Zardosi work: A rich variant of embroidery, it sees an extensive use of silver and golden threads. The Mughals introduced zardosi to India.
Designer Abhishek Dutta swears by it, saying that it has made an impact on the international fashion circuit as well. Apart from bridal and ethnic wear, zardosi also livens up loungewear.
Kolhapuri chappals: They're handcrafted leather san dals from Kolhapur and help make style statements. Designer Payal Singhal says that kolhapuris are now counted as footwear essentials world over.
Mirror work: Mirror work has been a dominant art form of our country. Be it patchwork on cholis or in designer bridal wear collections. Designer Swap nil Shinde says that mirror work has got a makeover. "Now, paisley mirrors are used in geo metric motifs. They enhance a neckline like no other," says Shinde.
Floral motifs: Flowers like lotus and marigold are an integral part of Indian culture. They are now being used as patterns on saris and dresses. Designer Shaina NC believes that floral motifs will never go out of style. BANGLES: From plain glass bangles to lac kadas and modern wooden ban gles, they can be combined with traditional Indian wear and western wear to create a fusion look. Payal Singhal says that bangles add a splash of colour to every outfit.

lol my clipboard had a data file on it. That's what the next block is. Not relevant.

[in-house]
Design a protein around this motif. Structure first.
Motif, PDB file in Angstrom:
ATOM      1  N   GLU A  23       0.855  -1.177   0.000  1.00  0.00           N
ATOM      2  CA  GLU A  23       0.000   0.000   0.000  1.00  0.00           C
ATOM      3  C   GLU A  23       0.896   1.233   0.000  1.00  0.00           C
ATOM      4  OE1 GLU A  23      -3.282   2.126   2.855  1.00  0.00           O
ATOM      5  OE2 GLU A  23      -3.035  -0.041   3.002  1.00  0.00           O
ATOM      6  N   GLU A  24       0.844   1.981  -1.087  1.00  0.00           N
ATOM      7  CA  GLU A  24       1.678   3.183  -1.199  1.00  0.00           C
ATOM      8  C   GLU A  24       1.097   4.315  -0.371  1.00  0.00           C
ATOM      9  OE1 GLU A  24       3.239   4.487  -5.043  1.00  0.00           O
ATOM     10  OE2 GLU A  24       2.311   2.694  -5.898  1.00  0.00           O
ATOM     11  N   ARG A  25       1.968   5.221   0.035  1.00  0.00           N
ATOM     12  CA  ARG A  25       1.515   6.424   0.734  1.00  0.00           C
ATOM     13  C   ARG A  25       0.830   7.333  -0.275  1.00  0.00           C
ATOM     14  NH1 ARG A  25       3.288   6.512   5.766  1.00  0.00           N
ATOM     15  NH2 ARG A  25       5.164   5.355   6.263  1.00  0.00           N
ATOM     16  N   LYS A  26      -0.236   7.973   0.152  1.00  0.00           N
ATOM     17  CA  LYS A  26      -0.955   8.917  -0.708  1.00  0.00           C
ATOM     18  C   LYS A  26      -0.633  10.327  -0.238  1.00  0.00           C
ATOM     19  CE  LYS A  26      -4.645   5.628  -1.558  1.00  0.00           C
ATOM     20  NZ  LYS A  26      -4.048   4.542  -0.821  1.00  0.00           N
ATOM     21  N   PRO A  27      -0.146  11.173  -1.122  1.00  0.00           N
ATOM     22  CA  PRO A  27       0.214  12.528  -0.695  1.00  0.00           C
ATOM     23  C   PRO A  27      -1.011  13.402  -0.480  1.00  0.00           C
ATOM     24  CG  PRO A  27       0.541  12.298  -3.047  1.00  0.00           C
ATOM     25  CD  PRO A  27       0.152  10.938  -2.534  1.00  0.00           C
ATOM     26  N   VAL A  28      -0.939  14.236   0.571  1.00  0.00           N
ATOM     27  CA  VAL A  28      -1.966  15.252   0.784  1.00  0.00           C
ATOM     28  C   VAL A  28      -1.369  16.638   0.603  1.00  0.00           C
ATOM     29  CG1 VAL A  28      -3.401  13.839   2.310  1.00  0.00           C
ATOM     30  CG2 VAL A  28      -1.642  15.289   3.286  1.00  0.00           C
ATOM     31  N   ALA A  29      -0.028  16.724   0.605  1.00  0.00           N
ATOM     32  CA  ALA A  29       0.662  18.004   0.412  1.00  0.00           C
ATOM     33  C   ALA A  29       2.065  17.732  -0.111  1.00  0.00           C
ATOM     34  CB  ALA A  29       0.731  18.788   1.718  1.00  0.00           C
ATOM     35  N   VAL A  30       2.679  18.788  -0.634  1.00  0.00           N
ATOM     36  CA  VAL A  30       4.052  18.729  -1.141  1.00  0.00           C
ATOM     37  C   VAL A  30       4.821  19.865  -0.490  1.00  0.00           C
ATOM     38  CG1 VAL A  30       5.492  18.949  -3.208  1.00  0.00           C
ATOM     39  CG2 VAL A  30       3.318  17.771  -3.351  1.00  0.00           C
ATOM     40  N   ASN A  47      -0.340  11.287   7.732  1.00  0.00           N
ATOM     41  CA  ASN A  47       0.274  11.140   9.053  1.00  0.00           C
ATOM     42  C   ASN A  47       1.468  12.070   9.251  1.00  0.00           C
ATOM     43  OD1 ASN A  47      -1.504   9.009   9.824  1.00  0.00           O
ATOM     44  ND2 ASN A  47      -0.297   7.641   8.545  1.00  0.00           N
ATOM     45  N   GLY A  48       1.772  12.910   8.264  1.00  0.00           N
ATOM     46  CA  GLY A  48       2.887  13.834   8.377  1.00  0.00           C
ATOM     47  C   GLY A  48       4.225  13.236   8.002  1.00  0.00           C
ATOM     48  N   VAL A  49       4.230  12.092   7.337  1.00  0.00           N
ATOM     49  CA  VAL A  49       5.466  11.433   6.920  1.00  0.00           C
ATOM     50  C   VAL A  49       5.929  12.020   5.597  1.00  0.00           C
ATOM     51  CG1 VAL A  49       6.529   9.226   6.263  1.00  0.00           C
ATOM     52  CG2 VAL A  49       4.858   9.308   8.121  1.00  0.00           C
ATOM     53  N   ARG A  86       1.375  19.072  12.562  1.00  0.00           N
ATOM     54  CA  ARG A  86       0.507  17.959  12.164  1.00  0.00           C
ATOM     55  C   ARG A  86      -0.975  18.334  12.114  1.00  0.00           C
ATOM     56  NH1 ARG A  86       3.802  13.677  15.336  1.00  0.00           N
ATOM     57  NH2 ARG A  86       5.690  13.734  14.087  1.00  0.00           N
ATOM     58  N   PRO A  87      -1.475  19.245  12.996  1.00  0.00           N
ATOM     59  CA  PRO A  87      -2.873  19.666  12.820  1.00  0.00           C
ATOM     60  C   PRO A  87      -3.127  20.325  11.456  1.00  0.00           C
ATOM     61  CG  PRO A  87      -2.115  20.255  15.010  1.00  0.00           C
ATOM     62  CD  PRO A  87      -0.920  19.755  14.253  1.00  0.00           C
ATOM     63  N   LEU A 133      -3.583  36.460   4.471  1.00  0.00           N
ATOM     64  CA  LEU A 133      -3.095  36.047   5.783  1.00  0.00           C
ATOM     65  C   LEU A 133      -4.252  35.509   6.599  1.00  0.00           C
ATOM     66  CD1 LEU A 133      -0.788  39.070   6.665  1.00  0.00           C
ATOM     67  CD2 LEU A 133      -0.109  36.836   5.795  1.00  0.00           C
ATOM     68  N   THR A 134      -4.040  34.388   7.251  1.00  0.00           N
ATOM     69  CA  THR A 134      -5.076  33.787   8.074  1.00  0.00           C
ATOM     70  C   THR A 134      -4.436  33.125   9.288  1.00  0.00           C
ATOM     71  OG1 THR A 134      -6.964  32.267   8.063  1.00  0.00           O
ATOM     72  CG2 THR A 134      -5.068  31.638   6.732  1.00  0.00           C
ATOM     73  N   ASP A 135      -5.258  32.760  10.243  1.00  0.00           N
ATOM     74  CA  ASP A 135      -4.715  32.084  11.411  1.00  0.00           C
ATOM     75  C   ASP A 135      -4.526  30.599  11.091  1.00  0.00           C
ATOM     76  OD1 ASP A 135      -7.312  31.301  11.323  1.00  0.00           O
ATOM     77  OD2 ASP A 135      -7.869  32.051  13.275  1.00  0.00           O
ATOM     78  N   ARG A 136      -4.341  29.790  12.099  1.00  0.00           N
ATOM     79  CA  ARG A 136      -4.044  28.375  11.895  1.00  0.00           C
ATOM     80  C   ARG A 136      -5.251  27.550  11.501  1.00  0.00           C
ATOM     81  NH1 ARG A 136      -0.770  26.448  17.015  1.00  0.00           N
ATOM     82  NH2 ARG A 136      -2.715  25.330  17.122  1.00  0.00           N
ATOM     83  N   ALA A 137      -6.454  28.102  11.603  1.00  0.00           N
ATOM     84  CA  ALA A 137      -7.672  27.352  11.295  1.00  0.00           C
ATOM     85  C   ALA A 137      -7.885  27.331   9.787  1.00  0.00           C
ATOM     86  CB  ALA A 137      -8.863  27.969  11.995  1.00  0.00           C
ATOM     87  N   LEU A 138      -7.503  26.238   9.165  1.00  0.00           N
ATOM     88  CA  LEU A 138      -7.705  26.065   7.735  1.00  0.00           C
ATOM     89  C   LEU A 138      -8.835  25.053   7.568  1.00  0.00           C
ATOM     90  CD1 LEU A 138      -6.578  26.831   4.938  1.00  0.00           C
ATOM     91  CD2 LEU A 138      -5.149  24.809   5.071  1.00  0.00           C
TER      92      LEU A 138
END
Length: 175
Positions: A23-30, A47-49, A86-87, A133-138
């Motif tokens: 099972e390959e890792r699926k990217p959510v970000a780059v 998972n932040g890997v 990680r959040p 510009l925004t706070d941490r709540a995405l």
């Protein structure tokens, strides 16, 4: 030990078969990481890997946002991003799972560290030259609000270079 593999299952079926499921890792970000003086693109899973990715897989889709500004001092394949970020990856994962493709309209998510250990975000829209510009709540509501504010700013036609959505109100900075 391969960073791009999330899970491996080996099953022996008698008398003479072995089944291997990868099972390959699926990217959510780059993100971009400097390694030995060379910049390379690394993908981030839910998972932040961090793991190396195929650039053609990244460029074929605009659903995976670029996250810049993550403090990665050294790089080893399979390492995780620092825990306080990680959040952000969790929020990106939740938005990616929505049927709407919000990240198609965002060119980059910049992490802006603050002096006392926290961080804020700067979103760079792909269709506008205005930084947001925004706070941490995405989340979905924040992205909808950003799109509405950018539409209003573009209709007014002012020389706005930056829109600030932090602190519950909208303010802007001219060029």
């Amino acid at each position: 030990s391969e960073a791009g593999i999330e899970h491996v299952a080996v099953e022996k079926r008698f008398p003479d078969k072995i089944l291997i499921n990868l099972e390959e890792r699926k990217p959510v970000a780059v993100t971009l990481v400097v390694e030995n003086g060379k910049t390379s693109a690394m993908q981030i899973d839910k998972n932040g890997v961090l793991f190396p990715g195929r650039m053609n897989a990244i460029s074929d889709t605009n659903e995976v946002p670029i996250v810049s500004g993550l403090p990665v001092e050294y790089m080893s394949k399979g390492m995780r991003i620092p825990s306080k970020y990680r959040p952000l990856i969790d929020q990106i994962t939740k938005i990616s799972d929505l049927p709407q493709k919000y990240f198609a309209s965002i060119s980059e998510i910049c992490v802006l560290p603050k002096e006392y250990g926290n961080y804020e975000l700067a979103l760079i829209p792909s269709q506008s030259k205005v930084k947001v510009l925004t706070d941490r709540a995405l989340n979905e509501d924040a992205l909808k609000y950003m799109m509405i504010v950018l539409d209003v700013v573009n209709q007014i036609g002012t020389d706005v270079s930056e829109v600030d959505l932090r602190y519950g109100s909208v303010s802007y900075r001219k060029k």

Tie and dye: Eliza beth Hurley couldn't resist splashing on a pink bandhni sari. The bandhej and laheriya designs are an all time favourite classic. Shinde recommends bandhni tunic tops.
Bindi: "It's a statement in itself," says Payal Sing hal. Liz Hurley flaunts it and we cannot imagine theatre personality Dolly Thakore without it.